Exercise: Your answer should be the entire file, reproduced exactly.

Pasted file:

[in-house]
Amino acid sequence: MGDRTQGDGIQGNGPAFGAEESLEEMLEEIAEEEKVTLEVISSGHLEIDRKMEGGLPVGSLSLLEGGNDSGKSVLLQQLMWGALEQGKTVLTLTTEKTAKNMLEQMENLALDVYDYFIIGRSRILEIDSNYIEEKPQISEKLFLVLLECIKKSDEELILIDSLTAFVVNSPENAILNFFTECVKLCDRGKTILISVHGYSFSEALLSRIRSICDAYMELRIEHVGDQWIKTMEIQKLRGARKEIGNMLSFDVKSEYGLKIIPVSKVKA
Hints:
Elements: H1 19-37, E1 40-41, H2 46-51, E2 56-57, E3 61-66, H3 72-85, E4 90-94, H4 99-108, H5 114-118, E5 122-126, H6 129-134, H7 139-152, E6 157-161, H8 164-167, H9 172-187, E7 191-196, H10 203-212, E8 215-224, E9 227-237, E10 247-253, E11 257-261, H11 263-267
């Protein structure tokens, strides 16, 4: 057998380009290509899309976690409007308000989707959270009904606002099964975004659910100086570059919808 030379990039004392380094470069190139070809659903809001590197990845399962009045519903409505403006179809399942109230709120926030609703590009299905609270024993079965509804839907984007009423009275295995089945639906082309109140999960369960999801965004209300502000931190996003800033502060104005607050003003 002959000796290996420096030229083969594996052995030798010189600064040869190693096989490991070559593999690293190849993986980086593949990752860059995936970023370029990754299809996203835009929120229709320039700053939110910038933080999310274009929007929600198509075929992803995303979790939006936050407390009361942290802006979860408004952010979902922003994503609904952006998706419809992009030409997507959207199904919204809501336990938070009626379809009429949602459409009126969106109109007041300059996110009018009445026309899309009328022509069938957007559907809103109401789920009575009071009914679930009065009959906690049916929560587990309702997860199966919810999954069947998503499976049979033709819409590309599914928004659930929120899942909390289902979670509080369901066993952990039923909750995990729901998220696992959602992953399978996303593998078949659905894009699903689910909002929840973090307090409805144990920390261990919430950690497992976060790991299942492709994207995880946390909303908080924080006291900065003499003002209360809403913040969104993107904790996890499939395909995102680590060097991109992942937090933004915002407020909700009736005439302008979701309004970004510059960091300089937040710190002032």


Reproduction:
[in-house]
Amino acid sequence: MGDRTQGDGIQGNGPAFGAEESLEEMLEEIAEEEKVTLEVISSGHLEIDRKMEGGLPVGSLSLLEGGNDSGKSVLLQQLMWGALEQGKTVLTLTTEKTAKNMLEQMENLALDVYDYFIIGRSRILEIDSNYIEEKPQISEKLFLVLLECIKKSDEELILIDSLTAFVVNSPENAILNFFTECVKLCDRGKTILISVHGYSFSEALLSRIRSICDAYMELRIEHVGDQWIKTMEIQKLRGARKEIGNMLSFDVKSEYGLKIIPVSKVKA
Hints:
Elements: H1 19-37, E1 40-41, H2 46-51, E2 56-57, E3 61-66, H3 72-85, E4 90-94, H4 99-108, H5 114-118, E5 122-126, H6 129-134, H7 139-152, E6 157-161, H8 164-167, H9 172-187, E7 191-196, H10 203-212, E8 215-224, E9 227-237, E10 247-253, E11 257-261, H11 263-267
């Protein structure tokens, strides 16, 4: 057998380009290509899309976690409007308000989707959270009904606002099964975004659910100086570059919808 030379990039004392380094470069190139070809659903809001590197990845399962009045519903409505403006179809399942109230709120926030609703590009299905609270024993079965509804839907984007009423009275295995089945639906082309109140999960369960999801965004209300502000931190996003800033502060104005607050003003 002959000796290996420096030229083969594996052995030798010189600064040869190693096989490991070559593999690293190849993986980086593949990752860059995936970023370029990754299809996203835009929120229709320039700053939110910038933080999310274009929007929600198509075929992803995303979790939006936050407390009361942290802006979860408004952010979902922003994503609904952006998706419809992009030409997507959207199904919204809501336990938070009626379809009429949602459409009126969106109109007041300059996110009018009445026309899309009328022509069938957007559907809103109401789920009575009071009914679930009065009959906690049916929560587990309702997860199966919810999954069947998503499976049979033709819409590309599914928004659930929120899942909390289902979670509080369901066993952990039923909750995990729901998220696992959602992953399978996303593998078949659905894009699903689910909002929840973090307090409805144990920390261990919430950690497992976060790991299942492709994207995880946390909303908080924080006291900065003499003002209360809403913040969104993107904790996890499939395909995102680590060097991109992942937090933004915002407020909700009736005439302008979701309004970004510059960091300089937040710190002032």